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How do you know if a algorithm function takes linear/constant/logarithmic time for a specific operation? does it depend on the cpu cycles?

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3 Answers 3

There are three ways you can do it (at least).

  1. Look up the algorithm on the net and see what it says about its time complexity.

  2. Examine the algorithm yourself to look at things like nested loops and recursion conditions, and how often each loop is run or each recursion is done, based on the input size. An extension of this is a rigorous mathematical analysis.

  3. Experiment. Vary the input variable and see how long it takes depending on that. Calculate an equation that gives you said runtime based on the variable (simultaneous equation solving is one possibility here for O(nc)-type functions.

Of these, probably the first is the easiest for the layman since it will almost certainly have been produced by someone more knowledgable doing the second :-)

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Take a look here (, section "Sorting" to get an idea about the measuring complexity of the sorting algorithms. –  Igor Sep 9 '10 at 3:58

At first the function may take any time to execute the algorithm. It can be quite non-linear also and even infinite.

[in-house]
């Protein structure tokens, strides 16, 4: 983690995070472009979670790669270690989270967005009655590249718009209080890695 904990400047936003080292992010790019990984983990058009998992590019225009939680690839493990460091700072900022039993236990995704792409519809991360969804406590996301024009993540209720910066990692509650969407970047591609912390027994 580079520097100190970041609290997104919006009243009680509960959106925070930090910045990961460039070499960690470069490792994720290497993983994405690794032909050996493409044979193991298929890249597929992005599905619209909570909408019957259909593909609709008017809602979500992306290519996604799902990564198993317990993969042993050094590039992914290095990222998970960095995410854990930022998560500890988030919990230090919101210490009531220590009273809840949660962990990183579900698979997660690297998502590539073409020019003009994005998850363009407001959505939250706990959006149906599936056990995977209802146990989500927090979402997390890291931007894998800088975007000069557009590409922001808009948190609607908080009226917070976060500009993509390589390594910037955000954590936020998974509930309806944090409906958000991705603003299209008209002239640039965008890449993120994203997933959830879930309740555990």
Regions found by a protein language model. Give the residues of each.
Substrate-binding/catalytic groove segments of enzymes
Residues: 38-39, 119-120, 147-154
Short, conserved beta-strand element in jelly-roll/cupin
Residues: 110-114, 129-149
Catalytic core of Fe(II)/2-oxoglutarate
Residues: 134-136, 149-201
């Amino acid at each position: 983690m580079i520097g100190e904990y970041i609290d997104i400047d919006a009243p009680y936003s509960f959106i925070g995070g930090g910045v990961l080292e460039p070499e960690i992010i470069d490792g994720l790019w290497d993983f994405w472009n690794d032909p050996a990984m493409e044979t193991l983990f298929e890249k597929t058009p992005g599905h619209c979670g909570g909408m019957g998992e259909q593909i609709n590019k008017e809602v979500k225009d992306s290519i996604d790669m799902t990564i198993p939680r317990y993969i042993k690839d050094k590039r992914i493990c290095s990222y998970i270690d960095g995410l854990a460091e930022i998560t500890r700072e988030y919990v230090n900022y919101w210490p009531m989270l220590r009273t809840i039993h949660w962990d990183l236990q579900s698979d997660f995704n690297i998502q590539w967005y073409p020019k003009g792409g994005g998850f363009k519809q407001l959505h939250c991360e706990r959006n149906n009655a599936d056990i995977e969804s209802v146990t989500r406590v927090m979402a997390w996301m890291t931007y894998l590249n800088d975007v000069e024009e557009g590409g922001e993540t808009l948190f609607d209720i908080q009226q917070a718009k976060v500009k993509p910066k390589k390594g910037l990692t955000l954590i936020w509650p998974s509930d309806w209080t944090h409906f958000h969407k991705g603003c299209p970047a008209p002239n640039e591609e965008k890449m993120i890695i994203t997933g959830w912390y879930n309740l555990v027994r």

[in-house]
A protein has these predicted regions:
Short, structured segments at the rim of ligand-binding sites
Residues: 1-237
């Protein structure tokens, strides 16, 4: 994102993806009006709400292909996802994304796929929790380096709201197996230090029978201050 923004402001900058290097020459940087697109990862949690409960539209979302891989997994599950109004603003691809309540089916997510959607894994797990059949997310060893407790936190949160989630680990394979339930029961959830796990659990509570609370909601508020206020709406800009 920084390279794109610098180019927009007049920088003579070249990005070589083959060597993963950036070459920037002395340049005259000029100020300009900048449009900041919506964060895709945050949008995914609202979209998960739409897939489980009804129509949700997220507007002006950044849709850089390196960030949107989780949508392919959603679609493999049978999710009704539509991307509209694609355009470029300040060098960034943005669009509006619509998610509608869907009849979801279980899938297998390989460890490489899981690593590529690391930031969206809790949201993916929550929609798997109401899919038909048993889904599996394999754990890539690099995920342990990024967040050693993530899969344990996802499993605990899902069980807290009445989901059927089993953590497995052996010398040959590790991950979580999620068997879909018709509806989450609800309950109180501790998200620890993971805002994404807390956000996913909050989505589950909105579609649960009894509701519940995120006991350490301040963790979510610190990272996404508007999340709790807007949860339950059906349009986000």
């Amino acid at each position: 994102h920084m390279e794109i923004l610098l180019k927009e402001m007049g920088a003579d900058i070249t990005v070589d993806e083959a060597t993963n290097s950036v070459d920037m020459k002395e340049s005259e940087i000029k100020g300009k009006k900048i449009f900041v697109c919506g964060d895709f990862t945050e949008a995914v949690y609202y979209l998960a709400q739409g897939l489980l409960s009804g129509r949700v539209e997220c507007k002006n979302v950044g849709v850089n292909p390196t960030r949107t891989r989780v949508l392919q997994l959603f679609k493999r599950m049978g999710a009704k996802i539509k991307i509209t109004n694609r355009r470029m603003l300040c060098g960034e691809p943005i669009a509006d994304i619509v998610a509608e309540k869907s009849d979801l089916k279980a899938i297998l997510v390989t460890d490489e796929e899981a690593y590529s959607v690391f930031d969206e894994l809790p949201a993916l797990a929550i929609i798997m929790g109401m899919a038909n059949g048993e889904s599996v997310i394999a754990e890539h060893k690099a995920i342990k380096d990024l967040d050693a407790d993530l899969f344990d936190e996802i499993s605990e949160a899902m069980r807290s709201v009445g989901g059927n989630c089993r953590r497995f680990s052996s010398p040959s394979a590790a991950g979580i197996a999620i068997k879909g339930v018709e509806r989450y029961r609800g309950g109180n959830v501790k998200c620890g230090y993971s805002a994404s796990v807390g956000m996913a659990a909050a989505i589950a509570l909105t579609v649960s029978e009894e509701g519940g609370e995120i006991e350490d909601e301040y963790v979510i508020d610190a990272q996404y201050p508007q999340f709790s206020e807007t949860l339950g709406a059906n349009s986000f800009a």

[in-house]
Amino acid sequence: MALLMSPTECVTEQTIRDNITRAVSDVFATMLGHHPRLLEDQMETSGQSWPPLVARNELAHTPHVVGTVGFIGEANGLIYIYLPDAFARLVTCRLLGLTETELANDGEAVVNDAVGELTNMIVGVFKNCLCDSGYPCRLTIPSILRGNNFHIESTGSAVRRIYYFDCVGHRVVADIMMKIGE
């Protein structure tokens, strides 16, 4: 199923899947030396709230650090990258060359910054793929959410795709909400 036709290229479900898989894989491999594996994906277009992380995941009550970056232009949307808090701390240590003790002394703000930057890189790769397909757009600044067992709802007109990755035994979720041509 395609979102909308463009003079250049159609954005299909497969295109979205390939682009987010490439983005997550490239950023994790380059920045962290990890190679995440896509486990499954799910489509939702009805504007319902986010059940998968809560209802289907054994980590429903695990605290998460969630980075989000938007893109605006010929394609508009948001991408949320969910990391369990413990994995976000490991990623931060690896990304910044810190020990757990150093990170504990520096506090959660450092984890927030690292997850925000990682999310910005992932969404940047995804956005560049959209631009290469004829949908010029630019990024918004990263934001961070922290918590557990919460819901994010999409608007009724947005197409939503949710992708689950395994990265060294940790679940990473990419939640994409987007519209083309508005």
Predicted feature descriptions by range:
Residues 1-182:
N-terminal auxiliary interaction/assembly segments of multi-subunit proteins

Shortly if you have an algorithm then it is used the abstraction called Turing machine. It is used to measure a number of operations required to perform the algorithm before it halts.

More precise info you may get here WIKI::Computational complexity theory

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About dependency on CPU: The answer is NO - time complexity is totally cpu independent. This is because complexity shows - How algorithm's demands on cpu resources increases with increasing algorithm input data size. In other words it is a function. And functions are the same everywhere - be it on different machines or on different planet :)

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